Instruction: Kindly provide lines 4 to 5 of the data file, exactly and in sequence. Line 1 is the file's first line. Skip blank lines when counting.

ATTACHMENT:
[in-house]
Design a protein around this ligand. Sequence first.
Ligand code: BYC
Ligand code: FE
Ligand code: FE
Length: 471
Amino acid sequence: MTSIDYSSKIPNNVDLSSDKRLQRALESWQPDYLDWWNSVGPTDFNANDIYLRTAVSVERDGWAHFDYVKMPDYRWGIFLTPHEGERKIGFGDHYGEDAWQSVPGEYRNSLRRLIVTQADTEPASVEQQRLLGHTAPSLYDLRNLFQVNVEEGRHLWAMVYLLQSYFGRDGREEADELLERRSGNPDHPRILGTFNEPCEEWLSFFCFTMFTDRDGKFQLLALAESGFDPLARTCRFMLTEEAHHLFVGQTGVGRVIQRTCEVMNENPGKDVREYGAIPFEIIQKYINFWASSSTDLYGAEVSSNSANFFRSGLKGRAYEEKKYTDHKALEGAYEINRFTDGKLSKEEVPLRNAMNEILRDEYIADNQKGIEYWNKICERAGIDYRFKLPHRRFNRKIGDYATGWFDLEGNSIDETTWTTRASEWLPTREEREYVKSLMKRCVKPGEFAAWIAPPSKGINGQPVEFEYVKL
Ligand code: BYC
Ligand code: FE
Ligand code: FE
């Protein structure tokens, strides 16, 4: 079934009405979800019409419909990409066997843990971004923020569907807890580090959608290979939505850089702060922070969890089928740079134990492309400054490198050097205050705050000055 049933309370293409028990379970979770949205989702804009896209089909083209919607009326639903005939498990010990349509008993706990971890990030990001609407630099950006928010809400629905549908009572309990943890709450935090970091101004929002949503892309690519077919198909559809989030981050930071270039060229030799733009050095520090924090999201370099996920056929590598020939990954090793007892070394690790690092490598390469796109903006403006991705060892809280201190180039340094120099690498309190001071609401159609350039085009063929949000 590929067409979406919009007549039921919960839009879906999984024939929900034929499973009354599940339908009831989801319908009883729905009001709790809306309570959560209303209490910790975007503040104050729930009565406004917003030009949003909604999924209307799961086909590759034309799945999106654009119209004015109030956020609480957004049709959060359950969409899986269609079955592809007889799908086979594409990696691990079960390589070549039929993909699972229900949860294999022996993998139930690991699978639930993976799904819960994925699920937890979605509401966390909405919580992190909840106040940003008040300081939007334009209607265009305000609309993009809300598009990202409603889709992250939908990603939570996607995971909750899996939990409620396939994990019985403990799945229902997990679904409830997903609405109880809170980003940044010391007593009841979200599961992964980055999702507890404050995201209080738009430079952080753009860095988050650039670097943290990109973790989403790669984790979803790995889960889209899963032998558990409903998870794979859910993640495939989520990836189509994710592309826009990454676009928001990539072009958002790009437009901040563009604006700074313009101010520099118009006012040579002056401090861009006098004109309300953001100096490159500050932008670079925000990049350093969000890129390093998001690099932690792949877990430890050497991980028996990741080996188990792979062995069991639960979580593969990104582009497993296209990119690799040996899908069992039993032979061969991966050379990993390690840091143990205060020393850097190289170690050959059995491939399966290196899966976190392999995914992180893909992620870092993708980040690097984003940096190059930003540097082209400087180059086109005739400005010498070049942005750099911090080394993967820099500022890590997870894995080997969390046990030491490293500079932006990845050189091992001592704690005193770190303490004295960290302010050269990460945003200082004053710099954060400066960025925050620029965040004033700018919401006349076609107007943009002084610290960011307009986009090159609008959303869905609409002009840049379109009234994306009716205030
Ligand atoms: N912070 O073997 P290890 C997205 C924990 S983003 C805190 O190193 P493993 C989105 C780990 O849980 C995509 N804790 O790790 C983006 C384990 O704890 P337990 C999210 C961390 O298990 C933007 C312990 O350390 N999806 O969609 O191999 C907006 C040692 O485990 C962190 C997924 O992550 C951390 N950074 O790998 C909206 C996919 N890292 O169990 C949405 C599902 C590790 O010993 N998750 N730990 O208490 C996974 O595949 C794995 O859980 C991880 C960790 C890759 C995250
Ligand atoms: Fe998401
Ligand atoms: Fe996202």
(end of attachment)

Ligand code: FE
Ligand code: FE